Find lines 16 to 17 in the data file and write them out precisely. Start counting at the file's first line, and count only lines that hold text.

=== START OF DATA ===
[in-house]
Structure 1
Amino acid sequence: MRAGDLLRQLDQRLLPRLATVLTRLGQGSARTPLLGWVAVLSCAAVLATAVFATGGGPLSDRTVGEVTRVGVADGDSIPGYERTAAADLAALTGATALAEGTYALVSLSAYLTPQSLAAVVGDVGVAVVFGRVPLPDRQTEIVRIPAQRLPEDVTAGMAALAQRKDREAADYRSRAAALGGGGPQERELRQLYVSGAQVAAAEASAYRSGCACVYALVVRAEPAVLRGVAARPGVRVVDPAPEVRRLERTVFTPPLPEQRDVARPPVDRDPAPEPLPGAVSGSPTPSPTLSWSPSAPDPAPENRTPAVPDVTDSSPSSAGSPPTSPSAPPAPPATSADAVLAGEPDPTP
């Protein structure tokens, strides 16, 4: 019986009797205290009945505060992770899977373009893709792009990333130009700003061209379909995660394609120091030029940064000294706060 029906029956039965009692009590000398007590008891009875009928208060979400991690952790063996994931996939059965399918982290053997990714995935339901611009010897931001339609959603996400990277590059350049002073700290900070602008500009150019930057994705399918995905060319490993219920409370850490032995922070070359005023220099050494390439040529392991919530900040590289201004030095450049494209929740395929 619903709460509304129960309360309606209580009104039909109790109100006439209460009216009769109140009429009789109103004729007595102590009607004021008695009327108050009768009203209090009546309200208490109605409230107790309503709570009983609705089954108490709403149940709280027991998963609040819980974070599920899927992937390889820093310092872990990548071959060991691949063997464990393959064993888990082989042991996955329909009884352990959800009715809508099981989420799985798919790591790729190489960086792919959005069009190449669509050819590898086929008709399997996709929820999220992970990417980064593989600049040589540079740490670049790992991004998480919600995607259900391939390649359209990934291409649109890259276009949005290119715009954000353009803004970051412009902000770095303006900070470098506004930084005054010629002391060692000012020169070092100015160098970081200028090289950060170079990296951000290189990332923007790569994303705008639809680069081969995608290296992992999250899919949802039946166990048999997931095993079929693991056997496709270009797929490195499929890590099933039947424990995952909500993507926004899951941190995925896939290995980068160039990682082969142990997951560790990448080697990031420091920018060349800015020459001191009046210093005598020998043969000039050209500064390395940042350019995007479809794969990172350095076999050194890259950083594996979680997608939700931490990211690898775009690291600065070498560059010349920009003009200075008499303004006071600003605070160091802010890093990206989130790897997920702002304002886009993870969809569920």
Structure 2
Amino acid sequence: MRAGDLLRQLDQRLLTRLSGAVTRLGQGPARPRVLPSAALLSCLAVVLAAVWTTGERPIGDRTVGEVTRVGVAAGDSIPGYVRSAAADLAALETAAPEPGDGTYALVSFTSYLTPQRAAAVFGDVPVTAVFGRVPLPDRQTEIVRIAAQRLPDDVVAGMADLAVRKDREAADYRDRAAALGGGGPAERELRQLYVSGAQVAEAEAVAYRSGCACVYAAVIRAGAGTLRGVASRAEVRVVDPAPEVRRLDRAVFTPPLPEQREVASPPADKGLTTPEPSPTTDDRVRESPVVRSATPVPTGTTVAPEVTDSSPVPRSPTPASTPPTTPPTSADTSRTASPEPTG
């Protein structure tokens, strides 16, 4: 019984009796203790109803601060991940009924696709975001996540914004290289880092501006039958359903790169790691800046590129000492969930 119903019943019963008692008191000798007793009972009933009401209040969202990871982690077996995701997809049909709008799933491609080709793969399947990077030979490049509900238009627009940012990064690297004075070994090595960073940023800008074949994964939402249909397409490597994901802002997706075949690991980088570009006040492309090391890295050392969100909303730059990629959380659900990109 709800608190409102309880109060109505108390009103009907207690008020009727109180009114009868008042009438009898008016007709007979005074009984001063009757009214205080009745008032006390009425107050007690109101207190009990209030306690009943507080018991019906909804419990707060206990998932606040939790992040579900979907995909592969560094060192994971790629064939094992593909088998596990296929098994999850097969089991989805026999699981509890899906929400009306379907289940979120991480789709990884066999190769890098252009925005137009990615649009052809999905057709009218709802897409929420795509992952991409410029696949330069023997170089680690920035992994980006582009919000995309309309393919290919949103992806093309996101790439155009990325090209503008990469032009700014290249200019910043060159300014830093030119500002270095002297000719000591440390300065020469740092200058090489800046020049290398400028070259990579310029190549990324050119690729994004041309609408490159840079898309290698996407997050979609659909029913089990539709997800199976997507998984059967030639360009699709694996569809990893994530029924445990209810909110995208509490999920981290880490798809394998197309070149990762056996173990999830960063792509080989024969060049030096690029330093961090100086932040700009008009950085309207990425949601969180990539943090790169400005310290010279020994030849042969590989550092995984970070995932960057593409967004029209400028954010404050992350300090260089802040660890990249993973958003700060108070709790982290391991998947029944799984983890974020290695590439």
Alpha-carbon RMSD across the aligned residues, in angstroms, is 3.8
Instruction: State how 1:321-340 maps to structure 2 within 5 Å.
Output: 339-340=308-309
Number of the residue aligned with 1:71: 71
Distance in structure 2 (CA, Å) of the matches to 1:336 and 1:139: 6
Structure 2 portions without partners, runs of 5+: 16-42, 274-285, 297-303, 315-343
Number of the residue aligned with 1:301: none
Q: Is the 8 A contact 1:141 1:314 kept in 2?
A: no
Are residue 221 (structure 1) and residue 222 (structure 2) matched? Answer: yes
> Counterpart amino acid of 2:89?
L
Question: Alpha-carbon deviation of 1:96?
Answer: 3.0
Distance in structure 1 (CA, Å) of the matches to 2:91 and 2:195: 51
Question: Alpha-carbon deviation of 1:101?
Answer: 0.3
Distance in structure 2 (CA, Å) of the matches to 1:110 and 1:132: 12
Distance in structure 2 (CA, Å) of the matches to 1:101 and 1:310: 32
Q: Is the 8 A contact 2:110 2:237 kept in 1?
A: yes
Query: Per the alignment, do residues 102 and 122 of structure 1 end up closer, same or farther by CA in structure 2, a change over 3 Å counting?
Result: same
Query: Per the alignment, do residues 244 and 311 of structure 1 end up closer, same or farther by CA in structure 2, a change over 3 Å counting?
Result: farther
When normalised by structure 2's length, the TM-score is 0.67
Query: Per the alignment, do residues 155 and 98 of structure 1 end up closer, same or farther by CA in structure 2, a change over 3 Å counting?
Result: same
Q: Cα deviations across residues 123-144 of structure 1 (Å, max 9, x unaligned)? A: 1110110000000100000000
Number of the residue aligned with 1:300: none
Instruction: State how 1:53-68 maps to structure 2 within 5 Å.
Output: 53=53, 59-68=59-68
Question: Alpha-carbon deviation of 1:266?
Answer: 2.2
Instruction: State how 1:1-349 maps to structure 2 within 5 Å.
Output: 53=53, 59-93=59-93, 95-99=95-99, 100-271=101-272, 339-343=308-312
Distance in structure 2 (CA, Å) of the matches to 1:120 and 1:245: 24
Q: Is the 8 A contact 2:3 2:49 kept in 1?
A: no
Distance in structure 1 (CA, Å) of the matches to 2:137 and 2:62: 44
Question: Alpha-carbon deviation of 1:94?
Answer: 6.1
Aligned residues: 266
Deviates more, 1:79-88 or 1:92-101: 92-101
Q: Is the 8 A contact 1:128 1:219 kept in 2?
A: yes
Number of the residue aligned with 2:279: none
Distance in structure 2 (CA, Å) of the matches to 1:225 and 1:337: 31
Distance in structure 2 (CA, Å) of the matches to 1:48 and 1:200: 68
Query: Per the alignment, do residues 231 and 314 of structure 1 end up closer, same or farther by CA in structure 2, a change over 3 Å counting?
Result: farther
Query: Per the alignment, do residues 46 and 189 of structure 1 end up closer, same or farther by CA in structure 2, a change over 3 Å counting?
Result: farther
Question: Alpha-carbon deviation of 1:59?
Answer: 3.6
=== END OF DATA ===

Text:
A: no
Are residue 221 (structure 1) and residue 222 (structure 2) matched? Answer: yes